“A lot of people are saying they are also members of her family but if they are really members they should show us their family compound in Ojokodo. Even, if the house has been destroyed, we can still see the foundation (Alapa), as we have seen the others. These people are not from our family, they were integrated into our family,” one member said.
But Chief Shafiu Kassim said there are no debates about who represents the Tinubu family. “We will not be deterred by any trouble maker. We have the legal backings of the court as a Trustee and our job is to steer the affairs of this family and that is what we are doing,” he said.
Currently, the family has engaged the services of consultants to help manage the vast estates left by Tinubu. A spokesperson of the consulting firm, Adamakin Investments and Works Limited told The Nation in Lagos that its mandate is to create awareness about the Tinubu estate. Understandably, he chose to remain anonymous.
In the heart of Lagos Island, Tinubu square lay prominent with its newly renovated park and water fountain. It was a befitting memorial to the industry of the woman, who gave her all to the cause of Lagos. In Ita-Iyalode, Abeokuta, her homeland, a similar park has been constructed to her memorial. Donated by the Rotary Club in 1989, it was less glamorous than the square in Lagos. The statue too was remarkably different, whereas the Lagos statue had given Tinubu a formidable look, in the one in Abeokuta, she had a faraway look in those deep seated eyes and looked much younger. The Iyalode staff in her hand had a gold colour in contrast to the soot black statue.
Apart from the Europeans whom she fought for the control of trade in Lagos and Abeokuta, many Nigerians viewed Madam Tinubu as a strong and courageous woman, kind and accommodating. This was evident in the fanfare that accompanied her burial in Ojokodo, on Saturday December 3, 1887. Markets were shut and a mass rally was held to celebrate the woman, her burial ceremony lasted seven days. Only the Alake of Egbaland had that distinguished burial.
Tinubu was kind. This was evident around 1832, during the war of dispersal; she offered her child’s food to an old herbalist, who begged for food. The herbalist later gave her a portion that propelled her wealth, she was also very industrious. Despite being the wife of Prince Adele, she began to trade in the articles of the day in Badagry.
Yes, she traded in slaves and kept many for her use, but in her days, slavery was regarded as a legitimate business which had no impact on the moral consciousness of the practitioners. Her approach to treating slaves was different, unlike some of her contemporaries – Efunsetan Aniwura (Iyalode of Ibadan) – she treated her slaves well. They were in charge of many of her businesses; this is why her estate was despoiled after her death because her slaves were the only ones who knew the details of it.
She was the first Iyalode of Egba and occupied the position for 23 years and after her death no other woman of equal status was found to fill the post. Her successor, Madam Miniya Jojolola, was appointed only in the next century.
She also championed the cause of the oppressed, irrespective of the status of the victim. To her, justice must be served. When Oba Akint-oye was in exile, she supported him with all her material wealth until he was finally restored to the throne in Lagos. She was also the pillar behind Oba Dosunmu, guarding the Oba against the imposition of the British traders at the time.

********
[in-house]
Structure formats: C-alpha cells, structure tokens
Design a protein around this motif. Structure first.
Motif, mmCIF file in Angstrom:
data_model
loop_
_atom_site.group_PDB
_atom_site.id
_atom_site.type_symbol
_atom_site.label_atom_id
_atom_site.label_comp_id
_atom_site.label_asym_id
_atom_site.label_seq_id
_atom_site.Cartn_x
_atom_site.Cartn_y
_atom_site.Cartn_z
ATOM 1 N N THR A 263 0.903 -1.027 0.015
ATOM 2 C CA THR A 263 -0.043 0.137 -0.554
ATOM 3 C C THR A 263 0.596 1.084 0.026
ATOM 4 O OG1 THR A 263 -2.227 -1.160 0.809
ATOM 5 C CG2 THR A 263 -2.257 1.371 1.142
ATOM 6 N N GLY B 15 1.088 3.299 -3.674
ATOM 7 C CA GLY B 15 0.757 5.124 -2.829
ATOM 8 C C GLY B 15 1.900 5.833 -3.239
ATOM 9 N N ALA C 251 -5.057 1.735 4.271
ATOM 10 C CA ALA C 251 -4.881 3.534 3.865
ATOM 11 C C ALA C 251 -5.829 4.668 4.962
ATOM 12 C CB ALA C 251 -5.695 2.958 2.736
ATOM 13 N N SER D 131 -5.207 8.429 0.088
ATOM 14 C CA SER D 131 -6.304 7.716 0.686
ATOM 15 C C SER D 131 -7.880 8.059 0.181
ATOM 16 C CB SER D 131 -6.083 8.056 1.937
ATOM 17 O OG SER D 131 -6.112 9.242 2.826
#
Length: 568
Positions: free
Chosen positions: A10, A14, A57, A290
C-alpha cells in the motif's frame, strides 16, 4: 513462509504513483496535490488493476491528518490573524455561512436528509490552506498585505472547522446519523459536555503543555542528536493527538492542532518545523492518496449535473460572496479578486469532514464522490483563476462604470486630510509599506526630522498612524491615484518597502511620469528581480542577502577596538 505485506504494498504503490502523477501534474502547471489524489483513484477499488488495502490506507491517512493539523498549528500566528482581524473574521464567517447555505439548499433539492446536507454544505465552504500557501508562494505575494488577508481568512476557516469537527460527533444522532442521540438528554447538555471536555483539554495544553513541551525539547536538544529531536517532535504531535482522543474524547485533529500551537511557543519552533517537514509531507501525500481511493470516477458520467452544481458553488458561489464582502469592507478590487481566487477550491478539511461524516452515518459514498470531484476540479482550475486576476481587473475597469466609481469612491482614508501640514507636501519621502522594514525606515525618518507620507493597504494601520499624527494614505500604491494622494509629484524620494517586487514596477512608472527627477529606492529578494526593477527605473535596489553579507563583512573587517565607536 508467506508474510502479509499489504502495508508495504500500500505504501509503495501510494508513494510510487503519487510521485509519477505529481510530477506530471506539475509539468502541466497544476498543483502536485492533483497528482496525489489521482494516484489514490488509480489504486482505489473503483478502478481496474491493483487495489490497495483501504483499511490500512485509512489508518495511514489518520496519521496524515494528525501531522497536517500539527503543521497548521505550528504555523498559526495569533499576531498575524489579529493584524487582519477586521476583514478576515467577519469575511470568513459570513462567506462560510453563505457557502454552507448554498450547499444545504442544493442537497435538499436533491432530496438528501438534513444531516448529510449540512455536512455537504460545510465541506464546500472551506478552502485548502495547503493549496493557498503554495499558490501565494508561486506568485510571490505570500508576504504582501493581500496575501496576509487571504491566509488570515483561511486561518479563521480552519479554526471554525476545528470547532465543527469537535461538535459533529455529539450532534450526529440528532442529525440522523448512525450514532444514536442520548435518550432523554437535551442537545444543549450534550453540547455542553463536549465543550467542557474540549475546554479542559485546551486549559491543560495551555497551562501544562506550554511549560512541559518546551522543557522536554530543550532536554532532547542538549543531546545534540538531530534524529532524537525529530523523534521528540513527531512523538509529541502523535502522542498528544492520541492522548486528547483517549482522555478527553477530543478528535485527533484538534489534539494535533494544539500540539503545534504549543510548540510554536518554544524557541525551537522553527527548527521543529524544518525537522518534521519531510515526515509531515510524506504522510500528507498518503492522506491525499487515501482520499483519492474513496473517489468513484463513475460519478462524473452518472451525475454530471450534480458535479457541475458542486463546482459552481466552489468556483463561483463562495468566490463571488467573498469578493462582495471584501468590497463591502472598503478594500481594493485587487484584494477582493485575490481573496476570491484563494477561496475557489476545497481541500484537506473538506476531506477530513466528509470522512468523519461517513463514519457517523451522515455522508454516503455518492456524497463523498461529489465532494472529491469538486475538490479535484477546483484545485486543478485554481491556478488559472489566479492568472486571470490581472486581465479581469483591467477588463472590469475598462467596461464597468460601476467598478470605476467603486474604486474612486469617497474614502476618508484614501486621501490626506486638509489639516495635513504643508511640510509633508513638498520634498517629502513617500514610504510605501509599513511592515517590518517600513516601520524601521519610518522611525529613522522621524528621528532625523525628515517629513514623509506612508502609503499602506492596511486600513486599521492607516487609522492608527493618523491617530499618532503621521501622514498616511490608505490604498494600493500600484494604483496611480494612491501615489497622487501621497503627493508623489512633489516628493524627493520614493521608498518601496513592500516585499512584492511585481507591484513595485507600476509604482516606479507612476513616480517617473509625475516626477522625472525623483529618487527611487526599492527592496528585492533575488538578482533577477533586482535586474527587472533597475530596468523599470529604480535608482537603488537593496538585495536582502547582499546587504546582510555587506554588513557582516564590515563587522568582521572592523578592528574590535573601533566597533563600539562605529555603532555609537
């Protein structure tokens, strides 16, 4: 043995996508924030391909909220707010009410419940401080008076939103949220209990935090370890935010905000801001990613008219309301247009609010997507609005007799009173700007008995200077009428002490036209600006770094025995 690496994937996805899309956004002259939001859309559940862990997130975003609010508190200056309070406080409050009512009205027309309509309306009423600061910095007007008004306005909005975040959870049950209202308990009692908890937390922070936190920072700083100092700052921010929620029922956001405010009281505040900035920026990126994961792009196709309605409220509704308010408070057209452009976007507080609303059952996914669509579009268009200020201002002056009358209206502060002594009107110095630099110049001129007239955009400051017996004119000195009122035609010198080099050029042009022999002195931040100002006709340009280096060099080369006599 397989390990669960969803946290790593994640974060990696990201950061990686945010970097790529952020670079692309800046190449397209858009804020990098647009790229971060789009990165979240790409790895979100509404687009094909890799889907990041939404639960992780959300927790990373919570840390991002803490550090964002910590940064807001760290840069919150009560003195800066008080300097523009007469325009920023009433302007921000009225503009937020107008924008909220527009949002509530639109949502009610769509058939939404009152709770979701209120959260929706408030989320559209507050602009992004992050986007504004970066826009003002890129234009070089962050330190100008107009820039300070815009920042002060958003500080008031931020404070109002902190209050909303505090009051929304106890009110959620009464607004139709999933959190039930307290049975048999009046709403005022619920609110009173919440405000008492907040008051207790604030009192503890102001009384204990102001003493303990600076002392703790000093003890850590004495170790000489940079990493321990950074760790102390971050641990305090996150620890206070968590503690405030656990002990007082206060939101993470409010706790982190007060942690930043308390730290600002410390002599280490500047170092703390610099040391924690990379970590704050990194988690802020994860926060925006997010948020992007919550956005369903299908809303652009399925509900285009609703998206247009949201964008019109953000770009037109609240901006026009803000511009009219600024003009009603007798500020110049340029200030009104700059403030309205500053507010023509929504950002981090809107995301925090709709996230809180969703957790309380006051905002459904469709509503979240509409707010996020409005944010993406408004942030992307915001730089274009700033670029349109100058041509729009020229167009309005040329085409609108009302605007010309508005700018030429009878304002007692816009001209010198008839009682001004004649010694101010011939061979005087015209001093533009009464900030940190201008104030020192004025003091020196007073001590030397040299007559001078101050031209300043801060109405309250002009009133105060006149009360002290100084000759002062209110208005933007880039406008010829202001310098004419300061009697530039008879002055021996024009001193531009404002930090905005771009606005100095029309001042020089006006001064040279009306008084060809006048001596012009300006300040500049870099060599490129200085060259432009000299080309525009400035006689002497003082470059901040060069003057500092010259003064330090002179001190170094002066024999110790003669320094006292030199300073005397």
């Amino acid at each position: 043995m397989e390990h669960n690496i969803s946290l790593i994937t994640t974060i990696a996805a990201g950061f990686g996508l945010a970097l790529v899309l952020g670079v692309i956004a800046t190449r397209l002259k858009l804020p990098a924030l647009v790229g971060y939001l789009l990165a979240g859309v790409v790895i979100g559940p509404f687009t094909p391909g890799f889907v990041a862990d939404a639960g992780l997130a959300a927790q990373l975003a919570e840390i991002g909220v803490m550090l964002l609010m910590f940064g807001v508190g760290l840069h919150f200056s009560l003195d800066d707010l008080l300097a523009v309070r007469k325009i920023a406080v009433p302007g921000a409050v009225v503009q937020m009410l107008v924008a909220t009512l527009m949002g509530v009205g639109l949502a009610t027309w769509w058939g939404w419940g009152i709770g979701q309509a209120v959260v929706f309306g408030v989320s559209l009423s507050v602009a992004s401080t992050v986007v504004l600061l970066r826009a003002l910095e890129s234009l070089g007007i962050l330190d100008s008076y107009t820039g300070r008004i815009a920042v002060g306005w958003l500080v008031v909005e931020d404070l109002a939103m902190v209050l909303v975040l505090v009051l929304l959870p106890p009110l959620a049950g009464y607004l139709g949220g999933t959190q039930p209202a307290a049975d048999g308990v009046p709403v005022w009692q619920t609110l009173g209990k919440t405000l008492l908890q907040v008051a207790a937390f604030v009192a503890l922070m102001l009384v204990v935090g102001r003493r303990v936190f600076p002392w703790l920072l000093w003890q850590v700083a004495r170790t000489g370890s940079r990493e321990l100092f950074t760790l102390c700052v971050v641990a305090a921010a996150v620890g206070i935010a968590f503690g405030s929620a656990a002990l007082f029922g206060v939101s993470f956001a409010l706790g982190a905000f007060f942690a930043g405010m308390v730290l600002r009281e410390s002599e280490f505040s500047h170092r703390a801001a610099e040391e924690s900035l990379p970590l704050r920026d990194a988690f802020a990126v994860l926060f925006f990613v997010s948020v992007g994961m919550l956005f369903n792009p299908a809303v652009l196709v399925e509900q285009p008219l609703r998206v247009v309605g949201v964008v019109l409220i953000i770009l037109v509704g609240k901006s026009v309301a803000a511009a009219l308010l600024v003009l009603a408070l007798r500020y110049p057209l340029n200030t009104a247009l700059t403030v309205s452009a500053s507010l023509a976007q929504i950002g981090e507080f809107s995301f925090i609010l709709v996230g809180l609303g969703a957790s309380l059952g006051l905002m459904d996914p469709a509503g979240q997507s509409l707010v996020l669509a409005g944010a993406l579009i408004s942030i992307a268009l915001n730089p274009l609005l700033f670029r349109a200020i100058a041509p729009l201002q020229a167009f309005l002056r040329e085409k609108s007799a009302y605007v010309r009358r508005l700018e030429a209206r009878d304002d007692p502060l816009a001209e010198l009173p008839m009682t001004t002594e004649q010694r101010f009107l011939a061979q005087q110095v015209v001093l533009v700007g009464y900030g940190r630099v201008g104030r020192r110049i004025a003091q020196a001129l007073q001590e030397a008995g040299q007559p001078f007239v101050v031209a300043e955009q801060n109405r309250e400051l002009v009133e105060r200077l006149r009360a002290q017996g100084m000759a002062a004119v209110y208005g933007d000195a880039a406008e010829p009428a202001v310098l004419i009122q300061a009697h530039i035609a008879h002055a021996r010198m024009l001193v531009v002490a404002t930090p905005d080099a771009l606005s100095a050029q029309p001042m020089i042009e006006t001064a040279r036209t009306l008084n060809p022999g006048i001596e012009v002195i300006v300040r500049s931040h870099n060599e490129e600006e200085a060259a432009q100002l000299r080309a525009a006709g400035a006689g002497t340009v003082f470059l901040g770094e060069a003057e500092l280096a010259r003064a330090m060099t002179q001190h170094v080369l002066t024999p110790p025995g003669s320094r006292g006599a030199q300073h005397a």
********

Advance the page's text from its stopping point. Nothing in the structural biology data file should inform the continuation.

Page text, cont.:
But her greatest genius was in her political and commercial activities. She dealt shrewdly with the European and Jamaican merchants cutting off supply when necessary and blocking political support from the king. Her opposition to European interference in the affairs of Yorubaland set her on a collision course with them and it eventually led to her expulsion from Lagos.
In one of his dispatches to London, Benjamin Campbell, one of the representatives of the British government said of Madam Tinubu: “There is another mischievous person in Lagos, whose removal is very desirable but I fear difficult to effect. The woman (is) Tinaboo (Tinubu), the late Akintoye’s niece. She is heavily indebted to some merchants here and she will not pay them. Application by the King (Akintoye), on behalf of the merchants she treats with contempt, setting his authority at defiance; yet this woman is a protégé of Mr. Gollmer, because she is an Egba woman.”
Her opposition to the Westerners also had its effect. Because they were the only ones in possession of cameras, she refused to pose for many pictures, therefore, Madam Tinubu’s pictures are very rare. The only one that has been found and which The Nation possessed showed a remarkable feature of the Amazon.
She was rather sad looking, black as soot; she appeared to be a tall and big woman. She had a large shawl on her head, which went all the way to her back, she had enormous wrapper up to her chest and a single necklace hung on her neck. In her right hand she held a white handkerchief and had a sullen and sad look on her face.
It is incontrovertible that Madam Tinubu played an active role in the affairs of Yorubaland in 19th century and her place may not have been properly accorded in the historical annals of Western Nigeria. But her legacy stands and in the words of historian, Oladipo Yemitan, Tinubu was “an able politician, tactician, business woman, king-maker, philanthropist, a good manager of men and materials, arms and ammunition supplier, a slave dealer, war leader and a nationalist.”
– The Nation